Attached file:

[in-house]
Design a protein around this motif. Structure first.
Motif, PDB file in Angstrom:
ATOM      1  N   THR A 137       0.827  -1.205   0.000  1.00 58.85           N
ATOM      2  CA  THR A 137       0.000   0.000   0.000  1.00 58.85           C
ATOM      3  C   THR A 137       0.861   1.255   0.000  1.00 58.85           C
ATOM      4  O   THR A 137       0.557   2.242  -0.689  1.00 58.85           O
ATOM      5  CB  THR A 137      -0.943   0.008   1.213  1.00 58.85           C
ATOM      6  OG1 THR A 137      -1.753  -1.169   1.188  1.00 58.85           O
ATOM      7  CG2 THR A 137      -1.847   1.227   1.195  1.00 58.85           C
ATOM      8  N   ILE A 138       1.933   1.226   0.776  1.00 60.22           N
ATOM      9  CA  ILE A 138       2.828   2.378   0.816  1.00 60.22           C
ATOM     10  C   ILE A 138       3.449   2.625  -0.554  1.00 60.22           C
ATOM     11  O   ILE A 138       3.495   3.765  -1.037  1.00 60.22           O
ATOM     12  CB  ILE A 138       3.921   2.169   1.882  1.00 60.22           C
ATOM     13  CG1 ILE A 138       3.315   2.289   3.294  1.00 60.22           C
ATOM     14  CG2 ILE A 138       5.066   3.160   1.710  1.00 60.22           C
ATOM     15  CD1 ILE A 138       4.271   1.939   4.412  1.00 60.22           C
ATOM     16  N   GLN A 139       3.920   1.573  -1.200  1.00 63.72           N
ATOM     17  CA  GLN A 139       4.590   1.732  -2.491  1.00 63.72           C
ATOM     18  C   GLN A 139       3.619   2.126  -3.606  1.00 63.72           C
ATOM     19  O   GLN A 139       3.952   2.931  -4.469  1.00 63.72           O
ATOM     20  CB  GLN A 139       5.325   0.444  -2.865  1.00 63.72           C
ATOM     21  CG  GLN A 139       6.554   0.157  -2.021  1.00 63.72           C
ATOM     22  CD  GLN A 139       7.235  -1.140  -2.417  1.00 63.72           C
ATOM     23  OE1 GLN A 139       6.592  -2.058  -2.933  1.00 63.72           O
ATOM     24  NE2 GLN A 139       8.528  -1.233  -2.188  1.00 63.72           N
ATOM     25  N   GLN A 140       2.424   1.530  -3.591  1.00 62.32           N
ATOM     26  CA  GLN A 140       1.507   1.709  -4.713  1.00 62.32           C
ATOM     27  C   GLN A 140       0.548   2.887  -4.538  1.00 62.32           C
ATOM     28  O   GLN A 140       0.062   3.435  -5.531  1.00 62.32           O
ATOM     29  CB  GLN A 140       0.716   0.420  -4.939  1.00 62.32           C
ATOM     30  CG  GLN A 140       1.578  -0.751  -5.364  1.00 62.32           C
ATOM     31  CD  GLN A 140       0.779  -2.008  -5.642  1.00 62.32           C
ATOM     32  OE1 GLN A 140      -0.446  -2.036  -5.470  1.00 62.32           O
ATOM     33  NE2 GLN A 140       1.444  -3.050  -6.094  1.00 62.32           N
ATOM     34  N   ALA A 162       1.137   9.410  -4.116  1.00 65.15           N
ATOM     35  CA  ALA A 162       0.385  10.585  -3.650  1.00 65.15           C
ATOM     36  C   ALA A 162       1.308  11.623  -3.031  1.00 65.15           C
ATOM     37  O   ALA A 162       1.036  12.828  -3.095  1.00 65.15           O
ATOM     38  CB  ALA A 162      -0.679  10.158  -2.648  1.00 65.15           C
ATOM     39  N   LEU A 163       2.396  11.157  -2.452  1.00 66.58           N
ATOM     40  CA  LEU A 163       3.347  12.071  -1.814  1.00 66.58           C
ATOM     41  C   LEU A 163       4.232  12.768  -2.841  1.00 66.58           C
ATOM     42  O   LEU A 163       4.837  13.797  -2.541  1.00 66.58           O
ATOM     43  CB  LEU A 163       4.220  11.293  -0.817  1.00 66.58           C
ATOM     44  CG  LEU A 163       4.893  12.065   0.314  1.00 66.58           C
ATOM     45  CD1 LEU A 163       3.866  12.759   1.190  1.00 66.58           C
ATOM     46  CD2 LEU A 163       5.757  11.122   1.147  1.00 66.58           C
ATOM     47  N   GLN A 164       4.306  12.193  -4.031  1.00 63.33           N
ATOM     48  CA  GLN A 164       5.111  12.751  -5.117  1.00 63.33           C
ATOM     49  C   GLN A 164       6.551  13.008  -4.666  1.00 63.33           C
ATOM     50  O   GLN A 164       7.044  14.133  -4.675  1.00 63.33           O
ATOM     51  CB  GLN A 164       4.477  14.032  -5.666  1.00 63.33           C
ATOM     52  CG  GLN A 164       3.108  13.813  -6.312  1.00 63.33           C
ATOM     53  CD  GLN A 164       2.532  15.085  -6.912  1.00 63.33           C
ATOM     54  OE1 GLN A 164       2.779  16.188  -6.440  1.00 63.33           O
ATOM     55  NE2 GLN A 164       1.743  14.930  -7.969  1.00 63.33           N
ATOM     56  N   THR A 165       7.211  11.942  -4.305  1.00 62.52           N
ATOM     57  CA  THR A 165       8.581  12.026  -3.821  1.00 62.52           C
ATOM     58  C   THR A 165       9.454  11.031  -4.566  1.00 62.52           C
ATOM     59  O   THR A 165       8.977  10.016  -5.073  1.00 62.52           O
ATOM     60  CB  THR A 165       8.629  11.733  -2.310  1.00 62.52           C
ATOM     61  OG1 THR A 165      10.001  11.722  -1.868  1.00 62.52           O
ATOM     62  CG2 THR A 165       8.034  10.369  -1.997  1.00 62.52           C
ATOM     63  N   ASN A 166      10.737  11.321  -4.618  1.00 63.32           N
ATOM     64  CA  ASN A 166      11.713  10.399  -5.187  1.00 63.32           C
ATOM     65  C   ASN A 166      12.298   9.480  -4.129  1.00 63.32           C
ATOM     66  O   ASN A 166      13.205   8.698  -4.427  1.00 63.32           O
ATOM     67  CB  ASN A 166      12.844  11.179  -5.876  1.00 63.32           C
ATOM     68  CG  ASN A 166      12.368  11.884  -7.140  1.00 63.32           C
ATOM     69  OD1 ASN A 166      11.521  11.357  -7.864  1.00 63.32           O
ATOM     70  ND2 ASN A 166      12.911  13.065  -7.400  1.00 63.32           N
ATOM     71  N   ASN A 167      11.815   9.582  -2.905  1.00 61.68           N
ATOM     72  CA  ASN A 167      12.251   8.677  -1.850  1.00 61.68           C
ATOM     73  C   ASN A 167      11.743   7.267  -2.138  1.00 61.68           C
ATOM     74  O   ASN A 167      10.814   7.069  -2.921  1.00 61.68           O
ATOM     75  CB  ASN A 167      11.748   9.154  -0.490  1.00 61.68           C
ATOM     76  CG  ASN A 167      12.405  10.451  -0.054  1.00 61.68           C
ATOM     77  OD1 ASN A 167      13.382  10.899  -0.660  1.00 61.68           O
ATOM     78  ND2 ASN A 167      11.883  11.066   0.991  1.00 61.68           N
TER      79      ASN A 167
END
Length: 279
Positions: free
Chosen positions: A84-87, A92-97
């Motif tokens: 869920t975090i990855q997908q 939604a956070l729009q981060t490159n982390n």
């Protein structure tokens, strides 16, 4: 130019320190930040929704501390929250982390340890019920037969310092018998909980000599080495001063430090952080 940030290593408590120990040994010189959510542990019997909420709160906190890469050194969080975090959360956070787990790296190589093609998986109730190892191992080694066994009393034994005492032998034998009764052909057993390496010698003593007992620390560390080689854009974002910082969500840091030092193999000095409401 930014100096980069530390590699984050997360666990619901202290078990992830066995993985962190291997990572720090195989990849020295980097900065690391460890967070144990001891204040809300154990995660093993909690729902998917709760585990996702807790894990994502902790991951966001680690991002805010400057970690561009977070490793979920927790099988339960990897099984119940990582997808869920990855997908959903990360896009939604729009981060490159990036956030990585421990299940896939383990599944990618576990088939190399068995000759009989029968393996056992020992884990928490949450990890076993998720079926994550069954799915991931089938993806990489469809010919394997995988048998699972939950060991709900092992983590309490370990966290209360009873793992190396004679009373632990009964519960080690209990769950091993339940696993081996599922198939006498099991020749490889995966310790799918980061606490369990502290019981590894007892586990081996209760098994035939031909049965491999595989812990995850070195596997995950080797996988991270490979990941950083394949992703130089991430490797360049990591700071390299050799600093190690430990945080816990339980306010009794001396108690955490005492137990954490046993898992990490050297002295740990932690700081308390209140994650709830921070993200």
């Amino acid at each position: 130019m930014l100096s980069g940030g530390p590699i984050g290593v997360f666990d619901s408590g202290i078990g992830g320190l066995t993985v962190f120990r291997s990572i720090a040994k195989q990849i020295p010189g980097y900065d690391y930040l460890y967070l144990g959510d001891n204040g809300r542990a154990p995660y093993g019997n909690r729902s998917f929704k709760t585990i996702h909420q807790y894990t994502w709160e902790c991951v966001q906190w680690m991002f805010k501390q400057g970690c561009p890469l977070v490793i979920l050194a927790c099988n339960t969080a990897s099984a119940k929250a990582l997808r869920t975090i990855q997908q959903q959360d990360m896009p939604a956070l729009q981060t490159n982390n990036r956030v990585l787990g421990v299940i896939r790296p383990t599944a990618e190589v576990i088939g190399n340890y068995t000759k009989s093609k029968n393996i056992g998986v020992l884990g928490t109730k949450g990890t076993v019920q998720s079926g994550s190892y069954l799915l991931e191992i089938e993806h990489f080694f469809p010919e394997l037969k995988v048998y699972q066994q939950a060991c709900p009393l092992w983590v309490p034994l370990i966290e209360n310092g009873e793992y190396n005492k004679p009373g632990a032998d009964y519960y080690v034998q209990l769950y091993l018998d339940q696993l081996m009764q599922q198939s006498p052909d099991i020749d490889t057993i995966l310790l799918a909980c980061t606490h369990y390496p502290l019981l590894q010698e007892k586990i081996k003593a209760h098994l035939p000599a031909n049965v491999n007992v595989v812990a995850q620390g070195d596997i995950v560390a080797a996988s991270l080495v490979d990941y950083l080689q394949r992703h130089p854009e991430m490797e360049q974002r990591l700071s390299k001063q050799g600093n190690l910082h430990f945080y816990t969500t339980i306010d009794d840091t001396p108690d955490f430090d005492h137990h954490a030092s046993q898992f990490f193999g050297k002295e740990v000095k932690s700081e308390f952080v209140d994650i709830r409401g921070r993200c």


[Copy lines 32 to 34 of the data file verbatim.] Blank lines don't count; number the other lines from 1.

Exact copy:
ATOM     29  CB  GLN A 140       0.716   0.420  -4.939  1.00 62.32           C
ATOM     30  CG  GLN A 140       1.578  -0.751  -5.364  1.00 62.32           C
ATOM     31  CD  GLN A 140       0.779  -2.008  -5.642  1.00 62.32           C